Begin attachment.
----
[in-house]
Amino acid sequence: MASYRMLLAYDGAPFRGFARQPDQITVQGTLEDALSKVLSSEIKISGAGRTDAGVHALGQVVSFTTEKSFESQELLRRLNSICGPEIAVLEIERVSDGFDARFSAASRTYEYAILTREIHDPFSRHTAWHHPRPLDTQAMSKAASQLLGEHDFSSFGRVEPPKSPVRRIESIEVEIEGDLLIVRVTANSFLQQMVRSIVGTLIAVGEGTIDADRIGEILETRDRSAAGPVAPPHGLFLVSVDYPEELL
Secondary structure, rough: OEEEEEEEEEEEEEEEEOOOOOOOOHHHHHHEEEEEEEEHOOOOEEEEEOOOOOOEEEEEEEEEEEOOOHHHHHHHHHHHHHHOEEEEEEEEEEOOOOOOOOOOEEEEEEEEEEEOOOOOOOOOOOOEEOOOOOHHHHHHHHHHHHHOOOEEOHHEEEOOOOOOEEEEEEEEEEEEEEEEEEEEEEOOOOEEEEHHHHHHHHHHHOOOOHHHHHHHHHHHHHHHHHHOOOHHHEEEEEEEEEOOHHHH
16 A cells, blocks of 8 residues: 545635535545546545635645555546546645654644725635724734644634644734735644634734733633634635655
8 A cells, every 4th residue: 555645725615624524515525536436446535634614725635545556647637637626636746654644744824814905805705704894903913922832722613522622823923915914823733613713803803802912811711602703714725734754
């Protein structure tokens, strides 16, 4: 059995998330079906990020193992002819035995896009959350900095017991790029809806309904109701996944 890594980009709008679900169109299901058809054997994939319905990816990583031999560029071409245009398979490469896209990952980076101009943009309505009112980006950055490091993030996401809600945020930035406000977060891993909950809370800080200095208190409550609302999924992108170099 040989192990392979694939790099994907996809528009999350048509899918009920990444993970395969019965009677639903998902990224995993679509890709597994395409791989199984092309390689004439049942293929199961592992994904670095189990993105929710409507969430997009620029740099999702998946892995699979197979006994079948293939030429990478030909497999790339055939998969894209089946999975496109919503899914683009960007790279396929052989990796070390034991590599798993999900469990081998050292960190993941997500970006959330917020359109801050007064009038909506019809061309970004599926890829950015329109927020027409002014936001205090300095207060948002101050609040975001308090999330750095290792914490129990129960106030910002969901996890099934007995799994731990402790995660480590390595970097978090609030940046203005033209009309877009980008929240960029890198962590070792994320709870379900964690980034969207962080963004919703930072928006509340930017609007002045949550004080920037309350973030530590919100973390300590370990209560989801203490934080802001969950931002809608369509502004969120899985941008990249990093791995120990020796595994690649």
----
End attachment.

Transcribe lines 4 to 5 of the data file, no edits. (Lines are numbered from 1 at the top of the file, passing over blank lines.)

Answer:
16 A cells, blocks of 8 residues: 545635535545546545635645555546546645654644725635724734644634644734735644634734733633634635655
8 A cells, every 4th residue: 555645725615624524515525536436446535634614725635545556647637637626636746654644744824814905805705704894903913922832722613522622823923915914823733613713803803802912811711602703714725734754